(File photo) Jacob Anthony Chansley, aka QAnon Shaman (C) with other Trump supporters at US Capitol Photograph:( Reuters )
The threats have come in almost every conceivable combination: Republicans threatening Democrats, Democrats threatening Republicans, Republicans threatening Republicans.
Early one morning in November 2019, Rep. Rodney Davis, R-Ill., received a profanity-laden voice mail message at his office in which the caller identified himself as a trained sharpshooter and said he wanted to blow the congressman’s head off.
Two years earlier, Rep. Maxine Waters, D-Calif., received a similar voice mail message from an irate man who falsely accused her of threatening President Donald Trump’s life. “If you do it again, you’re dead,” he said, punctuating the statement with expletives and a racial epithet against Waters, who is Black.
The cases were part of a New York Times review of more than 75 indictments of people charged with threatening lawmakers since 2016. The flurry of cases shed light on a chilling trend: In recent years, and particularly since the beginning of Trump’s presidency, a growing number of Americans have taken ideological grievance and political outrage to a new level, lodging concrete threats of violence against members of Congress.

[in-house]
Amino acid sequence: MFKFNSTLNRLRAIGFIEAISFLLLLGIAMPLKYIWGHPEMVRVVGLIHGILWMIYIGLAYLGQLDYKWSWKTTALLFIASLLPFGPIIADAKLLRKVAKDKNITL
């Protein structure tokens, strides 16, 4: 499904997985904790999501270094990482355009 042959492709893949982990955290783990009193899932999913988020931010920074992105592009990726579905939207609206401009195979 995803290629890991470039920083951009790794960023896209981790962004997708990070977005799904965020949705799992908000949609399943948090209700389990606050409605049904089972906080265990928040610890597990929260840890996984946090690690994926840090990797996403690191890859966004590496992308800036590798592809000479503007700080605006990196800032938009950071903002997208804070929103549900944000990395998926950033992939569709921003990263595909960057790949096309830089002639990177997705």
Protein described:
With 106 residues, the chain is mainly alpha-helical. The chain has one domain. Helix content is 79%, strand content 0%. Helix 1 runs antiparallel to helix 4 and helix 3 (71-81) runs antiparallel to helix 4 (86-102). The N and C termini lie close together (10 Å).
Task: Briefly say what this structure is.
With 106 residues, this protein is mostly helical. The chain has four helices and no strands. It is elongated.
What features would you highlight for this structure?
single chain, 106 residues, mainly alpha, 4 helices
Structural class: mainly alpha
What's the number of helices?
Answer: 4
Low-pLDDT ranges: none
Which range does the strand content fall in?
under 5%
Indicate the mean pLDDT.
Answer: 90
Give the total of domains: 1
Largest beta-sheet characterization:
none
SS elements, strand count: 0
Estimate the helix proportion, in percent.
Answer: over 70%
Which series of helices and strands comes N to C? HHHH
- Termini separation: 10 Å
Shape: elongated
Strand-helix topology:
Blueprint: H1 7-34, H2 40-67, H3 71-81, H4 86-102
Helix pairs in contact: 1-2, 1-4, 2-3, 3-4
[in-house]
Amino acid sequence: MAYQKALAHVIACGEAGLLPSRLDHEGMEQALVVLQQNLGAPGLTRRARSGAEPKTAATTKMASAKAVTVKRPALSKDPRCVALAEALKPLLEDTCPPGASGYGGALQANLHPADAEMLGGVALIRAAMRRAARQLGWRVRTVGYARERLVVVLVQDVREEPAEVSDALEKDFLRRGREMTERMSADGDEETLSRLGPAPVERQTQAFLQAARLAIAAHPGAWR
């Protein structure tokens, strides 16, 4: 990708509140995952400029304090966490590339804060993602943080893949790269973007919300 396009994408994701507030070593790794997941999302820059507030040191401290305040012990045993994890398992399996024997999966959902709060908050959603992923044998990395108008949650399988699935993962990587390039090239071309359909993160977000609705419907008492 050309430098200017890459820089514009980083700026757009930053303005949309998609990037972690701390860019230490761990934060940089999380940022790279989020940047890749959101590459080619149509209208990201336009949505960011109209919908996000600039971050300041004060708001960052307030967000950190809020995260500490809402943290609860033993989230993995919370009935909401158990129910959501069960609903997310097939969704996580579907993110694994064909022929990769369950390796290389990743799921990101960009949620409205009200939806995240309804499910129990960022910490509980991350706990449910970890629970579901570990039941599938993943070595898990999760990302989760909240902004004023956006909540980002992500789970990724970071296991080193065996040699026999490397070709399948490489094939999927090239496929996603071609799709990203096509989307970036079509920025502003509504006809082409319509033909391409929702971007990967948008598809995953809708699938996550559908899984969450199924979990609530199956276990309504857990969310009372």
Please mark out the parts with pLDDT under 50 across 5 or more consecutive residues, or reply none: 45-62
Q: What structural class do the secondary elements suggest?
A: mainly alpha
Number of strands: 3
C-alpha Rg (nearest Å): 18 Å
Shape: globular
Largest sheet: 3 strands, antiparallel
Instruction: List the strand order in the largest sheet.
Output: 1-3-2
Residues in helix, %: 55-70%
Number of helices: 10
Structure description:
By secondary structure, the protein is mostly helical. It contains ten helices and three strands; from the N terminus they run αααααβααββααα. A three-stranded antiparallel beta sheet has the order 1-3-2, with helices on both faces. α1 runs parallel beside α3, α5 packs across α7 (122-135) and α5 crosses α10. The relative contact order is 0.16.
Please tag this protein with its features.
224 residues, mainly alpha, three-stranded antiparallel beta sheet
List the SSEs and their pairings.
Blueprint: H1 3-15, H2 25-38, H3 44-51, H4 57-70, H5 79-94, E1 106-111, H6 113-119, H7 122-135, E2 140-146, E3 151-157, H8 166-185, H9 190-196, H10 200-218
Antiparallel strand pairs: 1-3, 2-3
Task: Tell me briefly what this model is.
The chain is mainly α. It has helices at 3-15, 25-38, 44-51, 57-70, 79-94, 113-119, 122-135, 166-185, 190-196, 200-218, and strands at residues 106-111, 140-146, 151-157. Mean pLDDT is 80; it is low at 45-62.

The threats have come in almost every conceivable combination: Republicans threatening Democrats, Democrats threatening Republicans, Republicans threatening Republicans. Many of them, the review showed, were fueled by forces that have long dominated politics, including deep partisan divisions and a media landscape that stokes resentment.
But they surged during Trump’s time in office and in its aftermath, as the former president’s own violent language fueled a mainstreaming of menacing political speech and lawmakers used charged words and imagery to describe the stakes of the political moment. Far-right members of Congress have hinted that their followers should be prepared to take up arms and fight to save the country.
Overall, threats against members of Congress reached a record high of 9,600 last year, according to data provided by the Capitol Police, double the previous year’s total. In the first three months of 2021 alone, the Capitol Police fielded more than 4,100 threats against lawmakers in the House and Senate.
“We’re barely keeping our head above water for those investigations,” J. Thomas Manger, the Capitol Police chief, testified last month. “We’re going to have to nearly double the number of agents who work those threat cases.”